Developing Countries to Gain Majority on World Bank Board

A new seat for Sub-Saharan Africa may help developing countries gain the majority of seats within the World Bank's executive board, as a series of reforms were approved by the bank's board of governors Feb. 11 in Washington.

In a statement released after the board's approval, World Bank President Robert B. Zoellick said that giving more visibility and decision power to developing countries would make aid more effective.

"Expanding the developing world's voice is central to delivering effective aid and promoting shared prosperity and development within a 21st century economic reality," he said.

An additional seat for the African continent was part of a series of reforms agreed upon at the World Bank's annual meeting last October. The reforms will have to be approved by the three-fifth of the World Bank's member countries with at least 85 percent of total votes. If approved, developing countries control 44 percent of the bank's votes.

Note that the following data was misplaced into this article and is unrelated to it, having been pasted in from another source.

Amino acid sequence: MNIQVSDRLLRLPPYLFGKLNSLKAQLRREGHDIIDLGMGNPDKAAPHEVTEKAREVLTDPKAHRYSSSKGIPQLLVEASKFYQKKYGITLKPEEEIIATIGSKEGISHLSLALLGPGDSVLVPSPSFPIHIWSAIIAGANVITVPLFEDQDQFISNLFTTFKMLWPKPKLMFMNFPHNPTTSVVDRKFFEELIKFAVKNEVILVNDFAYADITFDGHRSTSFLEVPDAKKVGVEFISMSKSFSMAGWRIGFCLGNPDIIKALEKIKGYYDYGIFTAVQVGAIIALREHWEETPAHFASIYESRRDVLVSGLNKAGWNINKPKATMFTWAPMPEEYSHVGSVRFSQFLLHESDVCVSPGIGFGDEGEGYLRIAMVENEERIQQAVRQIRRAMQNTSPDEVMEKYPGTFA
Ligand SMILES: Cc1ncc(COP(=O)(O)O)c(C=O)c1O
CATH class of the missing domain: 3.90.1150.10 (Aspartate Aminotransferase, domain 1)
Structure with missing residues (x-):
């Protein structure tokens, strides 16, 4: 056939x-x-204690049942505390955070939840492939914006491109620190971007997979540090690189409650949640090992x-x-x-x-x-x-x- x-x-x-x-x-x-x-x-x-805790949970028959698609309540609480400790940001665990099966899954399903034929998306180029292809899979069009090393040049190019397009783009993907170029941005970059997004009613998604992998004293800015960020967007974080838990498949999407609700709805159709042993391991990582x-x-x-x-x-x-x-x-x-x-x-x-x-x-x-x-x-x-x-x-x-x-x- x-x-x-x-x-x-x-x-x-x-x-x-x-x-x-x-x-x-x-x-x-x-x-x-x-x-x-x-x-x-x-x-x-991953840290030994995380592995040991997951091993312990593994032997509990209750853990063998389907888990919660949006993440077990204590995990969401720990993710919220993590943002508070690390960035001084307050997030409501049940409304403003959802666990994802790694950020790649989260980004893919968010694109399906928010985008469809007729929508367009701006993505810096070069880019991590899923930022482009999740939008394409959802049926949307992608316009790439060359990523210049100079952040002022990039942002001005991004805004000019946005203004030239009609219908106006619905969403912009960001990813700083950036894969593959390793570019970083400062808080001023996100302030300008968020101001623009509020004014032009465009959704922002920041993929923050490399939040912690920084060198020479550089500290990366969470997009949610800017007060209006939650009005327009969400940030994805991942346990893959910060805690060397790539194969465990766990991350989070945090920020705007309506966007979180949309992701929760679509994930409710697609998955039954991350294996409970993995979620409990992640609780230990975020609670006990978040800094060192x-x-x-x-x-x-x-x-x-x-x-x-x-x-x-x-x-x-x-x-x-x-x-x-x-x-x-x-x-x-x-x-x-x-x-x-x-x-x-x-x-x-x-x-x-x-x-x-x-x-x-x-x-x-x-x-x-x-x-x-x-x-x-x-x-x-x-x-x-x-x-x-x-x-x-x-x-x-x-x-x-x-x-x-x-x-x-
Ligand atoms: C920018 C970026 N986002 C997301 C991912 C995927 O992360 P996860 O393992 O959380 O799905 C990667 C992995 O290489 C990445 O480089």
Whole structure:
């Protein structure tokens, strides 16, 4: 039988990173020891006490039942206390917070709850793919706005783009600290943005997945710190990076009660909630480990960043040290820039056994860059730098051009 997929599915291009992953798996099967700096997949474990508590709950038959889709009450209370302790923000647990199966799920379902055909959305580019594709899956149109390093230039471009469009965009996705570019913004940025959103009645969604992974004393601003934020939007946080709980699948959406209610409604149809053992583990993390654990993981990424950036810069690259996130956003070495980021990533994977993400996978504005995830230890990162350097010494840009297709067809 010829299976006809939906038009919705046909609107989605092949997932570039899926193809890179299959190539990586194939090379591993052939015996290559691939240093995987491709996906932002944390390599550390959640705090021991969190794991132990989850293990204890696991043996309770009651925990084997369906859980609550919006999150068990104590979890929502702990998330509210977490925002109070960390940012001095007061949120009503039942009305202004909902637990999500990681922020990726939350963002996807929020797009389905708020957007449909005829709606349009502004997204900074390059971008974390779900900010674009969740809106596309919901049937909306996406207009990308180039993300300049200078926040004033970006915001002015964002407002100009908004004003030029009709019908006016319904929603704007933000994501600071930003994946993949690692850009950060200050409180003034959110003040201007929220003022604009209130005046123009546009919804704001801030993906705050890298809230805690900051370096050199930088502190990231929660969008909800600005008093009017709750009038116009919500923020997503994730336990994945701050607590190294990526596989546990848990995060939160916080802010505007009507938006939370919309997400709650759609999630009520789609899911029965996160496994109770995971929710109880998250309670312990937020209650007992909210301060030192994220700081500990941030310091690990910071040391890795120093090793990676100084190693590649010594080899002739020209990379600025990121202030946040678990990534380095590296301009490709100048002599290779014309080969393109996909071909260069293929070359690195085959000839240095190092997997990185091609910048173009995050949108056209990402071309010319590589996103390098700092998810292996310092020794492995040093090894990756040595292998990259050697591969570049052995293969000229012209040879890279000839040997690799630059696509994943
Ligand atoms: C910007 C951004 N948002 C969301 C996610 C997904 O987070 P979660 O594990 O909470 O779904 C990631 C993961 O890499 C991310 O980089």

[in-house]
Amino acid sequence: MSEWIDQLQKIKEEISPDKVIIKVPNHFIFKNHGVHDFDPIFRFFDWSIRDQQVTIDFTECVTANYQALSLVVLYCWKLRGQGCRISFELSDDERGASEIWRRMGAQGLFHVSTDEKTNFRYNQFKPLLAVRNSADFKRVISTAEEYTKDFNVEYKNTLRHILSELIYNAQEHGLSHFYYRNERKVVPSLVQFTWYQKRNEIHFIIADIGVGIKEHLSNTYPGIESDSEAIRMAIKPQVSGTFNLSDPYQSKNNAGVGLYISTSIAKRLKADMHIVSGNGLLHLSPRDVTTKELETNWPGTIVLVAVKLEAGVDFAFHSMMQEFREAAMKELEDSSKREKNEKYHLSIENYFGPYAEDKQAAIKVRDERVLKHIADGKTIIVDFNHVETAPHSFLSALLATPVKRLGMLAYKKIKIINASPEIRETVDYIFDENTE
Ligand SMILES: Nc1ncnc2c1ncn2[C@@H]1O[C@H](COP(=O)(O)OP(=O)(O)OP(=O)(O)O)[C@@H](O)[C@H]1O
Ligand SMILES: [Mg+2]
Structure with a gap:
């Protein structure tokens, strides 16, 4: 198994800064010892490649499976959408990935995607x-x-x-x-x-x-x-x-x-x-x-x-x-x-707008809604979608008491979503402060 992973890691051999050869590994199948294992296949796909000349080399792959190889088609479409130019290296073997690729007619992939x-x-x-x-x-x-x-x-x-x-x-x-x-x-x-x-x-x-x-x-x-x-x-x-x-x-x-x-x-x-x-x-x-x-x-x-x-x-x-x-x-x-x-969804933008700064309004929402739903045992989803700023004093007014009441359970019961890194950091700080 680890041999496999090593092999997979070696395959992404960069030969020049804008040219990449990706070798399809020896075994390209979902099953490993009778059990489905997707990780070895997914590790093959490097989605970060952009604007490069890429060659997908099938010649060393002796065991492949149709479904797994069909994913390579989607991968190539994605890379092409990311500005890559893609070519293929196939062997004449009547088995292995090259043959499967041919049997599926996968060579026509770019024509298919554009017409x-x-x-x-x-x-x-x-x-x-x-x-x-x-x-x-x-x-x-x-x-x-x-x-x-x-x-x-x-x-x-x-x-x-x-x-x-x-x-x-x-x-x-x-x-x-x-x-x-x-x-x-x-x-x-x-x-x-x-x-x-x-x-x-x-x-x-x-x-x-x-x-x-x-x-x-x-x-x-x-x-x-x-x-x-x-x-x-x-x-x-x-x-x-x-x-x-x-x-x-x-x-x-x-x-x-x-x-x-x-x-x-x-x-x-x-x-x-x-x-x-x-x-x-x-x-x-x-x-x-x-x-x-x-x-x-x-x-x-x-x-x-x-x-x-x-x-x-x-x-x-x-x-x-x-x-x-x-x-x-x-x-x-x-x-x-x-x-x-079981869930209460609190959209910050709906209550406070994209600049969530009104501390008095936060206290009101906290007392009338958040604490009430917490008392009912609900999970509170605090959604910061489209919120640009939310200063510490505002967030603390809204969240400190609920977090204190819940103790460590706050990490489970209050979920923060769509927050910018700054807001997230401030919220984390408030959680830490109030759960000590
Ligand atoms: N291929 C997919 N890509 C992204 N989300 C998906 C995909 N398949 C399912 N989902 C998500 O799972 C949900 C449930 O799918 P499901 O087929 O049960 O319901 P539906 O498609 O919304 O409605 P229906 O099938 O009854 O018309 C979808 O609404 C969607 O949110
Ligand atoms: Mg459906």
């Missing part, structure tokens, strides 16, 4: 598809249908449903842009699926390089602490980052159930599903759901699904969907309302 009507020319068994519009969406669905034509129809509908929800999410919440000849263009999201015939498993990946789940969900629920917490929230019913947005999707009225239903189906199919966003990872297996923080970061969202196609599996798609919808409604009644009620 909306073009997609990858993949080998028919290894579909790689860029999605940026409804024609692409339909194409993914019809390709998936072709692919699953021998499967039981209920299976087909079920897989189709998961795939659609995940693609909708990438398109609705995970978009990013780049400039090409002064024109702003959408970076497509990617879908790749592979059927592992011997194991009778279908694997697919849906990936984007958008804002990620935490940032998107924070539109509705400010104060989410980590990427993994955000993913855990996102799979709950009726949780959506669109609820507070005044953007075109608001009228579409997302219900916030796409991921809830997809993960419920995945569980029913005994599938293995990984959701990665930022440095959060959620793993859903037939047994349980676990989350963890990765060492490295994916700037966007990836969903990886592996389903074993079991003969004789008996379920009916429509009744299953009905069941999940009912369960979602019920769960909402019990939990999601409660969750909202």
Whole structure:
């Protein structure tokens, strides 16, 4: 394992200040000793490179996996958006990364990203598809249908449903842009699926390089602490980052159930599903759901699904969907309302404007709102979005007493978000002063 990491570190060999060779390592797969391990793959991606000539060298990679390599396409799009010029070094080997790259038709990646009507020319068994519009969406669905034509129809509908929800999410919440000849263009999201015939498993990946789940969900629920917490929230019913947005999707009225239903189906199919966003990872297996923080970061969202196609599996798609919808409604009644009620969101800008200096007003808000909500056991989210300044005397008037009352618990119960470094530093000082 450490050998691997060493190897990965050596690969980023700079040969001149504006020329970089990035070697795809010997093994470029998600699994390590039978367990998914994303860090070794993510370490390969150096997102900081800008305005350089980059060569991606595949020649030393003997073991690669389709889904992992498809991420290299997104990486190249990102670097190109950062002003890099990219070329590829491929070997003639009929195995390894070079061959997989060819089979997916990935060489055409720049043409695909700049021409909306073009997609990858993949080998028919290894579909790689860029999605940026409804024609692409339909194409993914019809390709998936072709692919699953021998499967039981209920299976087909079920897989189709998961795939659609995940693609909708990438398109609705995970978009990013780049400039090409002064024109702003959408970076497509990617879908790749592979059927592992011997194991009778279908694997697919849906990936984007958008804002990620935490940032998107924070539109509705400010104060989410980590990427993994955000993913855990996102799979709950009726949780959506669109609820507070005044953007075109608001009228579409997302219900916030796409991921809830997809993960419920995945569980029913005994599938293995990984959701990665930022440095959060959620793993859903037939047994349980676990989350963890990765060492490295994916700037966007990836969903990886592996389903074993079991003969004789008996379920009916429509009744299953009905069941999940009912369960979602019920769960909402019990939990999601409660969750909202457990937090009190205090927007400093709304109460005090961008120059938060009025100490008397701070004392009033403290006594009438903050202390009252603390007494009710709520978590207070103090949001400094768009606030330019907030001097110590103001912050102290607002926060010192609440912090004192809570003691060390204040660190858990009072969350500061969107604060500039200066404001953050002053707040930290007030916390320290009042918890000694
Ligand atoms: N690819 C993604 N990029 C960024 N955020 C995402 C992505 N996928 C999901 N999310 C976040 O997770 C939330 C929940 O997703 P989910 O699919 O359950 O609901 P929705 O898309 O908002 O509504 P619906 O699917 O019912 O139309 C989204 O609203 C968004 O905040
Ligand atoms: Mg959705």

A second reform phase, which member countries already agreed the bank should undertake, will aim at reaching a more equitable voting balance between developed and developing countries within the World Bank and its affiliated member, the International Finance Corp.

"Adding another seat for Africa, reaching developing country majority on the board, expanding developing country shares and laying the groundwork for further reforms represent real change," Zoellick said. "I'm pleased our reform process is on track."

Zoellick encouraged member countries to take action now on approvals of the voting share changes and to "continue their efforts at further, more ambitious, reforms," toward an increased power for developing countries within the organization.

About the author

  • Tiziana Cauli

    Tiziana has contributed to Devex News since mid-2008, focusing mainly on Africa as well as the European donor landscape, especially those in Brussels, Rome and Barcelona. Tiziana has worked as a journalist for Reuters and the Associated Press in Johannesburg and at Reuters in Milan and Paris. She is fluent in Italian, English, French and Spanish.